Getting that email from John is actually kind of an embarrassing story. lol. I keep my smartphone by my bed and use it as an alarm clock as well. So picture this: I’ve just been woken up by my alarm. I grab my phone to turn it off and… oh. I’ve got an email. Oh.. It’s from John the Translator and he wants me to come and cast GSL. That’s nice. (At this point I’m still 75% asleep.) Wait… WHAT? THIS CAN’T BE REAL ASKDJLSADJljdaklas!!! I jump out of bed and re-read it on my computer. I’m thinking “No way. I’m nobody. This must be a scam. (still mostly asleep) But it might be real… but I need to be sure! (and here’s where it gets really embarrassing) I kid you not. I actually sent an email to the Handsome Nerd contact email to ask if it was legit or not. About an hour later when I woke up and realized that the likelihood of someone impersonating John the Translator to scam GSL applicants is pretty low. I felt like a moron, but everything worked out ok. Artosis even kindly replied and confirmed it. Just goes to show you shouldn’t check your email until you’re fully awake! You’ll do stupid things otherwise. So yeah. There was a good amount of disbelief when I got the email.

evoli: If I’m not mistaken you have a wife back in the states. I’m sure it must be difficult for both of you to be apart from one another. How does your wife feel about your pursuing such an unconventional career and traveling half way around the world to work?

Doa: It’s tough, but she knows how important it is to me. We still talk nearly every day over Skype or Bnet, but I still can’t wait to see her again in a few weeks. I’m just really lucky I’m married to someone who’s brave enough to go after an awesome fun life with me instead of a normal, safe, boring life. She’s actually a very talented (award winning even) producer, editor, director so she and I have already begun brainstorming about some pretty awesome content we’ll be working on once I get home. We’ve both got some history in sports broadcasting so we’re hoping to be able to apply that to a career in eSports.

evoli: Besides the separation between you and your wife, what has been hardest part about living in Korea? I know moving is never the easiest thing to do, and you were thrown into a completely different culture on the other side of the planet and you were expected to get down to work right away. Are there any particular things you miss or anything that was remarkably hard to get accustomed to?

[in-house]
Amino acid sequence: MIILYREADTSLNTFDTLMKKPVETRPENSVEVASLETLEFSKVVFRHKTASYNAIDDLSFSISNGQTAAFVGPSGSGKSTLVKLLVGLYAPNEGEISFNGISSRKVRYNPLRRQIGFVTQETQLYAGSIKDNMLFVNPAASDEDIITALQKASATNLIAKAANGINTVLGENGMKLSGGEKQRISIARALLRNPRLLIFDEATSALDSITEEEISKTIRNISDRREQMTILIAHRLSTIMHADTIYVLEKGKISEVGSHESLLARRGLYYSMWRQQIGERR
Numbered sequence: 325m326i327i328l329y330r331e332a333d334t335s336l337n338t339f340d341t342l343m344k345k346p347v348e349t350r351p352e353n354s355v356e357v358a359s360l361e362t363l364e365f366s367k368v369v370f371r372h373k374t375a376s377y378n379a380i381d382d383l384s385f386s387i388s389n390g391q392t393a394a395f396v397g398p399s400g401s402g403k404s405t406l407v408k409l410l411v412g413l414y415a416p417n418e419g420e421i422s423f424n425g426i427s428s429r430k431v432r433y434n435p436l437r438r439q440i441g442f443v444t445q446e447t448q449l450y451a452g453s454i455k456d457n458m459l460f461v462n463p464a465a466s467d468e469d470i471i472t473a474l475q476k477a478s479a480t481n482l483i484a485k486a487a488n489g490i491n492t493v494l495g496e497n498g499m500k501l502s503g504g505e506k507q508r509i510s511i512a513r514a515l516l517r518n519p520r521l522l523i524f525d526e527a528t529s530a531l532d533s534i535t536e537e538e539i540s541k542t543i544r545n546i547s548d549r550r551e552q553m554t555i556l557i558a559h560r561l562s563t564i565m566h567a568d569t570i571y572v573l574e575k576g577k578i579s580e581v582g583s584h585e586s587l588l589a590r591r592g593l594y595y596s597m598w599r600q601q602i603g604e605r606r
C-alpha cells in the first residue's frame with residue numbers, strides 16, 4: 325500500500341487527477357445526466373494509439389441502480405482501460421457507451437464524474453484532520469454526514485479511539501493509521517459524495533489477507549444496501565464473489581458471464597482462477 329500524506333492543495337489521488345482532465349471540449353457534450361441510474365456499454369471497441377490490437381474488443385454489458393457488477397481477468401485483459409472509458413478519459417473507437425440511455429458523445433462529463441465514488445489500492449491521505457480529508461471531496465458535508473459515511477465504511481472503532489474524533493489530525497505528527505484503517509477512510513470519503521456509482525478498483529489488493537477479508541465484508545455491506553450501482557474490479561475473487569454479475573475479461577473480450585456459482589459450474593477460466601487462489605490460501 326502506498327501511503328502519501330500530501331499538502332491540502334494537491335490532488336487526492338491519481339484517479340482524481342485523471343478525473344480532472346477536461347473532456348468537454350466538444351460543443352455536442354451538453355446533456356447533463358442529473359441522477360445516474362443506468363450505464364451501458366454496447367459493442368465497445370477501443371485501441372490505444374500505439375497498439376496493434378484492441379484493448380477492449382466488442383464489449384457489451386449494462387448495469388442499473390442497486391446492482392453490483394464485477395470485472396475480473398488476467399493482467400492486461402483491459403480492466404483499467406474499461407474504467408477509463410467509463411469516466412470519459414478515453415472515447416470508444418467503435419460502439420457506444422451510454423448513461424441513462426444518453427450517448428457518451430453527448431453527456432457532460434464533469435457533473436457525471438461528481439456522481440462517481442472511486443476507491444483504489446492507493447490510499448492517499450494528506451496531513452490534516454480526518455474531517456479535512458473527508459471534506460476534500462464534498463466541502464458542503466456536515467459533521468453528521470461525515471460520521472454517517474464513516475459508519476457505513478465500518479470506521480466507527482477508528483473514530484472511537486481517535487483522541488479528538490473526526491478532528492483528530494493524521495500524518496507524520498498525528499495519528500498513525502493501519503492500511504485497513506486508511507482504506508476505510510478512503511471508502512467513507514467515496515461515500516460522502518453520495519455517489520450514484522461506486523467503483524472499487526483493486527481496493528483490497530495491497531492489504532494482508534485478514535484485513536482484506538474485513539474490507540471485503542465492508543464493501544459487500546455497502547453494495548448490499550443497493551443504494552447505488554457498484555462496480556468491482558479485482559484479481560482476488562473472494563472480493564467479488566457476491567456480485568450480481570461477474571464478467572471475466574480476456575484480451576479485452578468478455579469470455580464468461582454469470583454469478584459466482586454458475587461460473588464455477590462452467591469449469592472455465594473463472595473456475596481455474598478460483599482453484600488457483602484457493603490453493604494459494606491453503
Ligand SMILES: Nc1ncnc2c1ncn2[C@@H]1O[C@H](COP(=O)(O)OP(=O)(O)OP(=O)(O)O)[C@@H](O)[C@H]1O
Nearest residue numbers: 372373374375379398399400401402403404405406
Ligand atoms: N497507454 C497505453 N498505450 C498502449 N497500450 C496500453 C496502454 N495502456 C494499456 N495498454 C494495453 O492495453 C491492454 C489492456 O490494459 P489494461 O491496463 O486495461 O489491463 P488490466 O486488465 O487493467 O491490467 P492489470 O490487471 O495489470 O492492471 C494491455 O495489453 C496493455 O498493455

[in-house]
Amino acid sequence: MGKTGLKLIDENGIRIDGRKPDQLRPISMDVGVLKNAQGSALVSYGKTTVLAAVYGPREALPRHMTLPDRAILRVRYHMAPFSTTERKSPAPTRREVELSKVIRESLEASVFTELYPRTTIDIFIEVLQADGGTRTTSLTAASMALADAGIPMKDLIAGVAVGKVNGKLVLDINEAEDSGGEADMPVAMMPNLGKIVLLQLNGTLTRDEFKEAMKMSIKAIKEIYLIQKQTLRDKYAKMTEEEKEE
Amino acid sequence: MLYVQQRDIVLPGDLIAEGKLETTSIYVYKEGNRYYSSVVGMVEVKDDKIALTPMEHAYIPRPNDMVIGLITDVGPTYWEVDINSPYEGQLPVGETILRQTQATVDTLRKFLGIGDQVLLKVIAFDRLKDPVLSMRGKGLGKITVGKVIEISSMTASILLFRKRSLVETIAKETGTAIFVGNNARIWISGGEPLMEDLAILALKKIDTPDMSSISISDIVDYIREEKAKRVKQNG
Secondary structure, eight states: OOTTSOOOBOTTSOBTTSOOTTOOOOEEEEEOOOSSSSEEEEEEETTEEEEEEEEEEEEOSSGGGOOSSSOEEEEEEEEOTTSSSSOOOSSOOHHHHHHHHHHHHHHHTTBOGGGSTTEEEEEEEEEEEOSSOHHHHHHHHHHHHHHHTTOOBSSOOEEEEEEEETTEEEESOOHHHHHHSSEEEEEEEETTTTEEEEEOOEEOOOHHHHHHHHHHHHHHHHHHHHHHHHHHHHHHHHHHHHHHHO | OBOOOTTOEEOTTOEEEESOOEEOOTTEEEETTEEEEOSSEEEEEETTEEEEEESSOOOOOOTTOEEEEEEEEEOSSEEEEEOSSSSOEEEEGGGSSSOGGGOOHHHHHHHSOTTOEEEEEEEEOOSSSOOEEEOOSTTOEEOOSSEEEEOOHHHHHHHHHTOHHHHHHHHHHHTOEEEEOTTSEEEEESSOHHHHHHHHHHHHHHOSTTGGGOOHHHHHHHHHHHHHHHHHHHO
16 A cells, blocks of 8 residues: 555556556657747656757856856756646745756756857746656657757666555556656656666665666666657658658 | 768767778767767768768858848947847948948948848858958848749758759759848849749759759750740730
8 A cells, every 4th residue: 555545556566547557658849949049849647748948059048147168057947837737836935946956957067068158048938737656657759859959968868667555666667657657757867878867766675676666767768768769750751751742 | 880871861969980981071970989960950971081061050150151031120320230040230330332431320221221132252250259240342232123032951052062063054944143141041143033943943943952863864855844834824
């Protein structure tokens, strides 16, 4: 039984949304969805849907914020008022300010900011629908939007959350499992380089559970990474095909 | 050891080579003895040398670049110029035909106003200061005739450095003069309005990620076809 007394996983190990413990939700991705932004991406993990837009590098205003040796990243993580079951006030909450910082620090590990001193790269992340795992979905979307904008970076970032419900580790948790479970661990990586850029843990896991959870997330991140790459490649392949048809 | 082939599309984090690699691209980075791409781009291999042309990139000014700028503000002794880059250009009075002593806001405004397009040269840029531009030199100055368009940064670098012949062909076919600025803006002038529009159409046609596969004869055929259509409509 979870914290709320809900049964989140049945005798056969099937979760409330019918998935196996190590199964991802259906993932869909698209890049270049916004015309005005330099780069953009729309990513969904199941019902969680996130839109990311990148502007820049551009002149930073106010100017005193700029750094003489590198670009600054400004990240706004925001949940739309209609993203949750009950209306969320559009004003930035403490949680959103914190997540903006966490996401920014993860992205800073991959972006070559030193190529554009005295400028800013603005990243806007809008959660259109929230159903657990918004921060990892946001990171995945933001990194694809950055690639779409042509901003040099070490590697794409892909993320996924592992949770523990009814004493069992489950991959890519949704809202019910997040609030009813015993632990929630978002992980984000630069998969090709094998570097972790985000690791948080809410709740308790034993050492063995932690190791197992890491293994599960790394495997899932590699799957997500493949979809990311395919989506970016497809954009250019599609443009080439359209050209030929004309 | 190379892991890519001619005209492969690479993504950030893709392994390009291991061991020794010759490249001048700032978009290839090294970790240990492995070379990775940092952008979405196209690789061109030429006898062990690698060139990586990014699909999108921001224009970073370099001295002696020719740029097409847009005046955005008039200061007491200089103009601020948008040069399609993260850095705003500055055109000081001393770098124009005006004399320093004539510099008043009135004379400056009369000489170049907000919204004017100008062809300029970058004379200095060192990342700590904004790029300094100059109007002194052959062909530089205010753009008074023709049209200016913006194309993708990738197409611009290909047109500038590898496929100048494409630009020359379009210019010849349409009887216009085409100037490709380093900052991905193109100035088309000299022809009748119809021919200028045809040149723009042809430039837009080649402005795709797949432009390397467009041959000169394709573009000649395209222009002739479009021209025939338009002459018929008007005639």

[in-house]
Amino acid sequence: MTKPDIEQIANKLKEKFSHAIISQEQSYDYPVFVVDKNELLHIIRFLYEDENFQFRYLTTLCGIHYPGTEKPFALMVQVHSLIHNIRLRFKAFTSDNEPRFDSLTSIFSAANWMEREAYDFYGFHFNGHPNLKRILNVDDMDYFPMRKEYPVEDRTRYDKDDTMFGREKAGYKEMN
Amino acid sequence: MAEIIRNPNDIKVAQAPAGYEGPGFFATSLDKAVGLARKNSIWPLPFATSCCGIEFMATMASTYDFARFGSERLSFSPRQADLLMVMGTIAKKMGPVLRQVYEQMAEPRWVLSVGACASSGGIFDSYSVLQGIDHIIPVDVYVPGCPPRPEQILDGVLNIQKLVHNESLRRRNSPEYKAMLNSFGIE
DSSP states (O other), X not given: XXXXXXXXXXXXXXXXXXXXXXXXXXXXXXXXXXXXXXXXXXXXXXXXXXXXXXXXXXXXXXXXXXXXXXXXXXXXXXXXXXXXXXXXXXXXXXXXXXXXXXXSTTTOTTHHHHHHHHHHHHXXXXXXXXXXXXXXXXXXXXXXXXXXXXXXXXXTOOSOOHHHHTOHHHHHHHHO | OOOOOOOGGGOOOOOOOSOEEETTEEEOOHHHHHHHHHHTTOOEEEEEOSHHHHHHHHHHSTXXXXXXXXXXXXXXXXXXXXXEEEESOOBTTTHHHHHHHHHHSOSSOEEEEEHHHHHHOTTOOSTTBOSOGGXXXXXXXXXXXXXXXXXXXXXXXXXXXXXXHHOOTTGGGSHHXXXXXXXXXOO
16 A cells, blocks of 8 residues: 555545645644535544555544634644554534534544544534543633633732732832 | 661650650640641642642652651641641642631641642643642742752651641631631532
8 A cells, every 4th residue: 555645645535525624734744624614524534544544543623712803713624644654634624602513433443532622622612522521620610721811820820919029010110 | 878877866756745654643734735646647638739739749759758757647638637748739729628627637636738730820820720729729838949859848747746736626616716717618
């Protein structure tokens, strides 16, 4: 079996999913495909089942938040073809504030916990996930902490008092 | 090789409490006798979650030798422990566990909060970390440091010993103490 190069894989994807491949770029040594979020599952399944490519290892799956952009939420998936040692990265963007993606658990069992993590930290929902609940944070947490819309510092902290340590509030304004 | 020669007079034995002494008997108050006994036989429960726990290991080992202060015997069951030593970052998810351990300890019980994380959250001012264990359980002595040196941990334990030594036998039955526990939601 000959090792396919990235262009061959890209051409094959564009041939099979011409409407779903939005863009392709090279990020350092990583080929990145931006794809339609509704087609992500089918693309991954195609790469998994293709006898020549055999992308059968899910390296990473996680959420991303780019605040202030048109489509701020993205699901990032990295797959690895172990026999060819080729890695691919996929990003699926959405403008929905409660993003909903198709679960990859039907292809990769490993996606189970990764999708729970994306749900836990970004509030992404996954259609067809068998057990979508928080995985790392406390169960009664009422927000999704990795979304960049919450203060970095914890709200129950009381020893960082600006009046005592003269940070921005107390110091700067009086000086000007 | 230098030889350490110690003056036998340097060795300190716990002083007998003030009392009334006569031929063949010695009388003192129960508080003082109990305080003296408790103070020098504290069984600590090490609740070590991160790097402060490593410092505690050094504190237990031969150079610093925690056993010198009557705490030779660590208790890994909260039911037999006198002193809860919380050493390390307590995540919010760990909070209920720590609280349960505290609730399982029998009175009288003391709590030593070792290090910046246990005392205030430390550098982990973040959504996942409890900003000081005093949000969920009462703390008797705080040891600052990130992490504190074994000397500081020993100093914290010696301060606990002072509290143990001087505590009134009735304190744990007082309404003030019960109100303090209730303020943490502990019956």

Doa: I miss Root Beer, lol. I know there must be some here somewhere, but I haven’t found it yet. The language has been a challenge to learn, but I can get around most places on my own now at least. The hardest part has really been learning the business side of eSports. I’m certainly not much of a businessman so I’m struggling a bit there. All I want to do is keep casting!

evoli: On a more positive note, what have you really enjoyed about Korea?

Doa: Pretty much everything. It’s a great country! The culture is extremely polite and friendly. It actually reminds me a lot of my home in Minnesota. I’ll definitely miss the food quite a bit when I leave, as well. I’m actually trying to learn to cook some myself so I can keep making it back home. I actually love cooking.

evoli: I get conflicting stories all the time about how popular Starcraft 2 is in Korea; sometimes I hear that Starcraft 2 is really picking up traction and other times I hear that Broodwar is still miles ahead in terms of support. Is the Korean Starcraft 2 scene everything that you imagined it would be? To follow up, how do you think the Korean Starcraft 2 scene compares to the American Starcraft 2 scene in terms of fan base?

Doa: SC1 is definitely still huge here and that shouldn’t surprise nor worry anyone. They’ve been watching it for over a decade! I’ve heard there was also some untrue bad press about SC2 that was circulated before its launch that may be holding some people back as well, although I didn’t see it myself so don’t take my word as fact. I do know that a lot of players are seeing that there’s a lot more money to be made playing SC2 now and I’ve seen more fans coming to the studio almost every week. SC2 is the future and everyone, and I mean everyone, knows this. There’s kind of a misconception out there right now that you have to choose between the two. I’m still a BW fan and I also cast GSL. The transition will take a year or two and that’s perfectly fine. On the American side it really seems like right now we’ve got a bigger SC2 fan base than Korea does, which I think is great! I told my family that SC2 was going to explode around the globe this year and I’m glad to say that so far that’s been totally true. As far as the fans themselves go; they’re the same everywhere. A sports fan is a sports fan!